Vincent had never known that his children could be such a delight, and how his widowed aunt was enjoying a new lease of life when he roped her in to assist with the children.

Slowly, Vincent began to outgrow his problems. Travelling became his pastime. He would drive to Musina in South Africa just to buy a month’s groceries.

It was when he had started his excursions to Musina that he started encountering his estranged wife in his dreams. She would suddenly loom ahead of him as he drove back home from Musina and in every such dream he had hit her and she had flown into the air with a loud cursing scream.

One night as he approached Mutare on his return from a trip down south, he thought he saw someone like Cheryl crossing the road at Chakohwa Shopping Centre.

As he began to dismiss the whole thing as a figment of his imagination, he encountered an injured person by the roadside. He was lucky that on that occasion, he was not travelling alone.

“Could this person be alive? We may need to call the police hotline, ” he said to Mr Zivo, his neighbour.

“Sure,” Mr Zivo affirmed.

A cough from the accident victim rebuked them. The person was alive and needed their help.

The two men lit their torches and inspected the person. She was a woman around forty, judging from facial looks. Her faint breath told the two men how death was hovering just above her head. The two friends loaded the woman into their car and drove towards Mutare, about 60 kilometres away.

On arrival at Mutare Provincial Hospital, the woman was taken to the intensive care unit without delay.

Vincent and his friend made a police report soon after surrendering the hapless woman into the hands of health professionals.



Two days down the line, Vincent received a phone call from the hospital police post as they needed more information about his experience with the unfortunate woman.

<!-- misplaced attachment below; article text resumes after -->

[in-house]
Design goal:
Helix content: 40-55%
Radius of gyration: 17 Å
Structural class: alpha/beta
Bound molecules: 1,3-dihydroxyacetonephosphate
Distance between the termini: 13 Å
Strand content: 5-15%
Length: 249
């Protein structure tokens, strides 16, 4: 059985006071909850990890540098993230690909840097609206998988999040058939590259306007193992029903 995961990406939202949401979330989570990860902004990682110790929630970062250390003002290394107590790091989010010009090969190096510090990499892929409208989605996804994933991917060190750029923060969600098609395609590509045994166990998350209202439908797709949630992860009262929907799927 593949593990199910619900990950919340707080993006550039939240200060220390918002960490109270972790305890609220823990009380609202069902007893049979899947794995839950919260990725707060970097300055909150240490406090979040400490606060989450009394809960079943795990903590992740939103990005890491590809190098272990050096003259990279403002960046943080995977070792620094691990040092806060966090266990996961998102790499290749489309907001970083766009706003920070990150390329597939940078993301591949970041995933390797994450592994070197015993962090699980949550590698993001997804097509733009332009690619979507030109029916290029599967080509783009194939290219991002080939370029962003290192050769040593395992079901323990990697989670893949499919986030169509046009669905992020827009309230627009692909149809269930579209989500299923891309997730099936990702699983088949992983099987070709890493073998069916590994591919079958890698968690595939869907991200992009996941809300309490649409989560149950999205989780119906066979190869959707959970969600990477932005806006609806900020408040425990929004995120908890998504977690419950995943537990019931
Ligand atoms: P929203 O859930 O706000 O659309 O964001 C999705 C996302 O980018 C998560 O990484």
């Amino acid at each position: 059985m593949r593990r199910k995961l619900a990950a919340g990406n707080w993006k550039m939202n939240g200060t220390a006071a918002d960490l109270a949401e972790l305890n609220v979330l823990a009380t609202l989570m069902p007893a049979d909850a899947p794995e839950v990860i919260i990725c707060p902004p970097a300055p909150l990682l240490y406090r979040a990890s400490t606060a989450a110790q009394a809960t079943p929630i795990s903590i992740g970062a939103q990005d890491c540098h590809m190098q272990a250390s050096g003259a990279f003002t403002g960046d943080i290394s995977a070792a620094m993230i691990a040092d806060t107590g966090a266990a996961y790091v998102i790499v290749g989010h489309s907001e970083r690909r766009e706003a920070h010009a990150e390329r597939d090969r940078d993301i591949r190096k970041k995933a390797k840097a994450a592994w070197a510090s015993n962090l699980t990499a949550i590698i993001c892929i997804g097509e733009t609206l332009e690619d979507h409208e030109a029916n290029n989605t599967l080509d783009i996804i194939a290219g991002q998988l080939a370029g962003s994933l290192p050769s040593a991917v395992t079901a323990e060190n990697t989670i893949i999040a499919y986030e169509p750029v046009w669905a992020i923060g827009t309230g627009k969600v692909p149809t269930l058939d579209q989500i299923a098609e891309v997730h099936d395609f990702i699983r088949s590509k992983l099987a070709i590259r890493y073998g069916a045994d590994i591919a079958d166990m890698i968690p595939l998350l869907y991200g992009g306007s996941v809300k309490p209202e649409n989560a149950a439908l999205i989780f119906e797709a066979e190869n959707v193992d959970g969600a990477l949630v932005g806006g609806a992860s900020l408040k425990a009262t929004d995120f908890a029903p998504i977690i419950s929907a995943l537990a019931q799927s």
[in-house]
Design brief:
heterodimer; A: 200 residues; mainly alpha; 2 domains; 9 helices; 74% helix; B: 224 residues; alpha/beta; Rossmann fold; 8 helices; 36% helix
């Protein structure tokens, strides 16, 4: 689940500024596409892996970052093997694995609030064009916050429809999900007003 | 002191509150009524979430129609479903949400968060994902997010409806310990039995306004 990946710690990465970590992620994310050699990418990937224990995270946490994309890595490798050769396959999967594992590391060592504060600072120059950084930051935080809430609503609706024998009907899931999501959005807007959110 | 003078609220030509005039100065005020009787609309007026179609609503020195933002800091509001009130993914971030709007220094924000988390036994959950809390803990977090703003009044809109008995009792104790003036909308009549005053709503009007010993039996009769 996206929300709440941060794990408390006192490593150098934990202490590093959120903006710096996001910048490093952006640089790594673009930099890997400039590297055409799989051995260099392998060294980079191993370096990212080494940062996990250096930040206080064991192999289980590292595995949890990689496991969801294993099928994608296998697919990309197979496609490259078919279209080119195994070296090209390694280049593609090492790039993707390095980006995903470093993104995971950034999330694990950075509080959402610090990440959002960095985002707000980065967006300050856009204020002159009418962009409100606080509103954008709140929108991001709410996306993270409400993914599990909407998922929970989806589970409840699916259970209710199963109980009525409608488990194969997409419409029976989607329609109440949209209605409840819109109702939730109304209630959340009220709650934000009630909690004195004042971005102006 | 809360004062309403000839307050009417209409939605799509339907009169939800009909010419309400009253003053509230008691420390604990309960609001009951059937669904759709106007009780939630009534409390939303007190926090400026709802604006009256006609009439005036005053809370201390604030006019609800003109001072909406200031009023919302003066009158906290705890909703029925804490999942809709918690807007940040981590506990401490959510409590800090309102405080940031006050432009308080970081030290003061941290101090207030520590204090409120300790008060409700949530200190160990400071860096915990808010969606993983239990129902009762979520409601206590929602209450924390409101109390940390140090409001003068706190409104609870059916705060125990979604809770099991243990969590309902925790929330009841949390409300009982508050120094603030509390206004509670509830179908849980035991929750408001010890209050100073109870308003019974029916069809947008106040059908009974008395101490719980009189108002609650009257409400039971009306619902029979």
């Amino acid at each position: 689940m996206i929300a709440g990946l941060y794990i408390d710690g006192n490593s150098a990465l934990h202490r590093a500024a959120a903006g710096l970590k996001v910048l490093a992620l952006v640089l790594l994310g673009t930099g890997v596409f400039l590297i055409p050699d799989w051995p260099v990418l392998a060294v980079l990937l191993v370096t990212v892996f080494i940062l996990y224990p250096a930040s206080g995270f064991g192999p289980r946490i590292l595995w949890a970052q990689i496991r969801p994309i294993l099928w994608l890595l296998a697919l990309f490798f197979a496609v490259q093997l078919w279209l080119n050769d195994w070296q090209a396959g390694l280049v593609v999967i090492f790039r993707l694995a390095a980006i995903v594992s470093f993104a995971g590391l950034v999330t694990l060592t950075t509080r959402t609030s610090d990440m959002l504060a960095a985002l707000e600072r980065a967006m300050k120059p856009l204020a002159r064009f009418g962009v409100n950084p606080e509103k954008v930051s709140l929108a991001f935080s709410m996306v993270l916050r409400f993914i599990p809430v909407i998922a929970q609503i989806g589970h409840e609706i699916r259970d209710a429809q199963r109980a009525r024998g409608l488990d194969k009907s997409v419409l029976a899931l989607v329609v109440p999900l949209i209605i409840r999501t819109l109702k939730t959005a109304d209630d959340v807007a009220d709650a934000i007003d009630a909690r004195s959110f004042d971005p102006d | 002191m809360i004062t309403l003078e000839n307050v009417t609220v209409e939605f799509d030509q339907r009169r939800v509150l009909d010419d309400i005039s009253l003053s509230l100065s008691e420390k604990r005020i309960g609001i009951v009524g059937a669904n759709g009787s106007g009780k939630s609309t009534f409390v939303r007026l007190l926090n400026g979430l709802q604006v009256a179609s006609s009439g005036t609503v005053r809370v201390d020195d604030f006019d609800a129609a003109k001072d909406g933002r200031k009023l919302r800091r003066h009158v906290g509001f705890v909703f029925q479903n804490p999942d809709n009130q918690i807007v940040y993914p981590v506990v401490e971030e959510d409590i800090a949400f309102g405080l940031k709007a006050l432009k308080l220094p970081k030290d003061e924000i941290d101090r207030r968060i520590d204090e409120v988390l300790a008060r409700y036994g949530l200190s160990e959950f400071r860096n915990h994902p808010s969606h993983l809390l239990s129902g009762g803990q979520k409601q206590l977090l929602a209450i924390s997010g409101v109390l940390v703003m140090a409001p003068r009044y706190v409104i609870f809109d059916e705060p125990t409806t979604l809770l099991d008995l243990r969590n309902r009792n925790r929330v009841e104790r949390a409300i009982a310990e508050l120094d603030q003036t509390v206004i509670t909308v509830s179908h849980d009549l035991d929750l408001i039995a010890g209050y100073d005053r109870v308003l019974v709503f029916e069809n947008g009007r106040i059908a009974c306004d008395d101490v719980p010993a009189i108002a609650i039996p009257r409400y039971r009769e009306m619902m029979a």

Vincent learnt that the woman had not been involved in a road accident. She had been pushed out of a car by her husband after a long misunderstanding as they drove back home from Masvingo.

Asking to see the victim, Vincent was led by a young beautiful nurse to the female ward. What he saw sent waves oscillating up and down his body, his loins included. The victim was his estranged wife!

She only tod him briefly how her marriage had collapsed before lapsing into a deep slumber as the sedatives she had swallowed began to take effect.

For two weeks Vincent visited her, in the company of his aunt and other family members, and sometimes his children.

As that happened, an incipient friendship with the young nurse mentioned earlier was developing. Each time he went to bed, he would exchange texts with both Cheryl and the nurse.

No sense of remorse would stop him. He had fallen in love when Cheryl need him most, but Cindy was the woman who had eluded him throughout his four years of estrangement! He would not let her slip through his heart like a transient cloud.

On his twelfth visit to the hospital Alvin had asked, “Daddy, are we taking mum home tonight?”

And he had responded, “It all depends on her condition.”



The night after this difficult question, Vincent thought it was time to treat Cindy as just part of a hospital experience, but on waking up the following day Cindy was all over him like a breath of fresh air in a deep airless hole.

It was a very important day and Cheryl was to be discharged from hospital in anticipation of a court case against her husband who was still at large.

Yes, she was the mother of his children, and by mere circumstance they had reunited. Father, children and relatives had congregated at the hospital at least one visiting hour everyday. But now that she was well again, they had to go separate ways, only that mother would have to start all over again.

Vincent knew what her parting tears meant, and how through the flood of tears she had read into the entire anatomy of his heart, how he wished the past could be undone, yet he had a future awaiting him, with Cindy Munyara.


Nhamo Muchagumisa is an English Language and Literature teacher, and he writes from Odzi. He writes in his own capacity and can be contacted on +263777460162. Email him at: muchagumisan@gmail.com